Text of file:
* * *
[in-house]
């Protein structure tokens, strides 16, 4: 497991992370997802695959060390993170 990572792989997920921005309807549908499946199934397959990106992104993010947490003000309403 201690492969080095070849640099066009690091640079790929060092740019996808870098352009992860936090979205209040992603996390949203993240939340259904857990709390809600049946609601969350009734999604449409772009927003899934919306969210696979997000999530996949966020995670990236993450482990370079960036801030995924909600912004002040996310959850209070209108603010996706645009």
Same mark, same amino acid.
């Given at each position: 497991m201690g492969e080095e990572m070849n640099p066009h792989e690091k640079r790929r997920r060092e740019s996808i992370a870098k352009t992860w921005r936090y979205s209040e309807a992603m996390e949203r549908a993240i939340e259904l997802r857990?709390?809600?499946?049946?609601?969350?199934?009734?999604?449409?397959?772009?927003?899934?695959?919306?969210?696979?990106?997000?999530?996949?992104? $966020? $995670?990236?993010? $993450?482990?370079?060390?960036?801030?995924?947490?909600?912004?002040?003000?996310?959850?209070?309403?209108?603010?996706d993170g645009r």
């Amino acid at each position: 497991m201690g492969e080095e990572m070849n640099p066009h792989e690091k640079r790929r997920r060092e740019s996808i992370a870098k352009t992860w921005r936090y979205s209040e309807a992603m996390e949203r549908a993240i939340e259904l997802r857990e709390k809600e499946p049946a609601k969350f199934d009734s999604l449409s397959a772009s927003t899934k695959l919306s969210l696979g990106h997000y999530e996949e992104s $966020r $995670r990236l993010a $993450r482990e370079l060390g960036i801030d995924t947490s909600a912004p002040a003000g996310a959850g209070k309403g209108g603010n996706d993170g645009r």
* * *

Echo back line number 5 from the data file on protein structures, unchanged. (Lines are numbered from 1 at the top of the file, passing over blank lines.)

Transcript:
């Amino acid at each position: 497991m201690g492969e080095e990572m070849n640099p066009h792989e690091k640079r790929r997920r060092e740019s996808i992370a870098k352009t992860w921005r936090y979205s209040e309807a992603m996390e949203r549908a993240i939340e259904l997802r857990e709390k809600e499946p049946a609601k969350f199934d009734s999604l449409s397959a772009s927003t899934k695959l919306s969210l696979g990106h997000y999530e996949e992104s $966020r $995670r990236l993010a $993450r482990e370079l060390g960036i801030d995924t947490s909600a912004p002040a003000g996310a959850g209070k309403g209108g603010n996706d993170g645009r």